When a company decides to close due to declining revenue or other factors, hourly employees are often kept in the dark. Employees may be told that the company is “reviewing revenue flow,” “studying possible closures, or “changing the business model.”
These company buzz words may mean impending doom to those in management positions and mean nothing to the hourly workers. Hourly workers often don’t realize that “study” means, “We’ve already decided what we’re going to do and now are figuring out how to make it happen.”
What does management know and when?
Upper management is usually aware of exactly what will happen and when; however, it’s normal practice in some companies to provide little of this information to hourly employees.
Instructions flow downstream to mid- and lower-level managers who are given only the information they need to carry out their part in the closure.
What are employees told?
Managers at various levels may be instructed to answer employees with the company line, “study,” “review,” “business model,” and “no decision has been made” when questions are asked. Because they aren’t given complete and honest answers, hourly employees may assume that all will be okay in the end.
The employees continue going about their jobs, coming to work daily, and performing their normal tasks. They know the rules of their company and whether they are protected from layoffs but may blindly assume the company they have served well will do the right thing.
How do managers use employees?
Managers may use hourly employees’ knowledge in a specific field to aid in the process of closing the business. The employees realize that they are providing data but may not know how it will be used.
Employees are often blindsided
Even if the employees realize that company finances are tight, they may not be able to see the writing on the wall. They are not privy to the emails, conferences, meetings, and other management level information.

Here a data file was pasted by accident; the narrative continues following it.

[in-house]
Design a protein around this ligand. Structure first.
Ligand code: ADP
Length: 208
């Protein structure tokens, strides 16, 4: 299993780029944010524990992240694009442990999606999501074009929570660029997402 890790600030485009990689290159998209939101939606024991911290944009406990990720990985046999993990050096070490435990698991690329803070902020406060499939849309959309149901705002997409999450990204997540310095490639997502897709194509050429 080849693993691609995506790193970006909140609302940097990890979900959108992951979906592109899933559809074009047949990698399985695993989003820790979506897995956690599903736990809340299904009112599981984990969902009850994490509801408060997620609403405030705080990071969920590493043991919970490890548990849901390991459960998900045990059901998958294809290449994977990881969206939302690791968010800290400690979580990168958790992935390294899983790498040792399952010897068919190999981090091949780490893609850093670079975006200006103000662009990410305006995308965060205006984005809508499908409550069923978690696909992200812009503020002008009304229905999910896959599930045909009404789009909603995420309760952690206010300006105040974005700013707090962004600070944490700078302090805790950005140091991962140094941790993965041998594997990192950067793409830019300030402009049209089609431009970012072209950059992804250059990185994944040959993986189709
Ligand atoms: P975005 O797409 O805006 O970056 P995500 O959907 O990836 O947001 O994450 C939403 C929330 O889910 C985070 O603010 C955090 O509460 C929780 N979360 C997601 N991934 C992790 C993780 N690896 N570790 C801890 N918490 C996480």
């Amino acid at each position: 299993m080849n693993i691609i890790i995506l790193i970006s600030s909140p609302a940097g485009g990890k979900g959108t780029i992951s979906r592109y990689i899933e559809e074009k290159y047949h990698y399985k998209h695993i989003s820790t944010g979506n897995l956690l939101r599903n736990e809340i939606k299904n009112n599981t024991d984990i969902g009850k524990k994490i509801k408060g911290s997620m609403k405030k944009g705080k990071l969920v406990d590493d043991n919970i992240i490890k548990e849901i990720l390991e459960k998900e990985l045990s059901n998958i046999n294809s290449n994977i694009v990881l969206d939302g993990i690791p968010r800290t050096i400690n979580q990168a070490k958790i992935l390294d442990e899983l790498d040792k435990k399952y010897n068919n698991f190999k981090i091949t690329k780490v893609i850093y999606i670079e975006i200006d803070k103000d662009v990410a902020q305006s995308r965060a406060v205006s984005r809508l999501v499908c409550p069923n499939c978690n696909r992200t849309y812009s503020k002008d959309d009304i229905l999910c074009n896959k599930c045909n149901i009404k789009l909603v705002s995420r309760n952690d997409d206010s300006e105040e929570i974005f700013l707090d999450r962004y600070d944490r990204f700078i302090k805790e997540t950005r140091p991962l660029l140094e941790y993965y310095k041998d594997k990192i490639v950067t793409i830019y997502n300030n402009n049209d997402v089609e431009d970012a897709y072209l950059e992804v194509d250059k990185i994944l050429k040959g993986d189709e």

Employees may be unable to recognize with the limited information provided to them that their location and job may be affected.
What happens at the end?
The hourly employees are often given very short notice that the study has come to fruition and that the company will push forward with the closure.
Is there a more moral solution?
It seems that it would be kinder and more reasonable for upper management to share all known details with employees from the start and keep them informed along the way.
This would empower the employees to review options, search for new jobs, and rewrite their futures. Spouses and children could be made aware that there are pending changes. Future family plans could be made to accomodate the changes.
However, this isn’t how most companies operate. For whatever reason, it seems that most companies prefer to keep hourly employees in the dark when there are major change on the horizon.
Who is laying off or closing?
Some companies that have recently announced layoffs, closures, or possible closures include:
- US Postal Service
- Bank of America
- US Military
- Borders Bookstores
- Lockheed Martin Corporation
- JPMorgan Chase
- Many state and local governments
- Many school systems
If there is one lasting lesson we can all learn from the current economy, it’s that no job is safe from the axe. Jobs that were once considered untouchable have become just another way to balance the books for cash-strapped companies.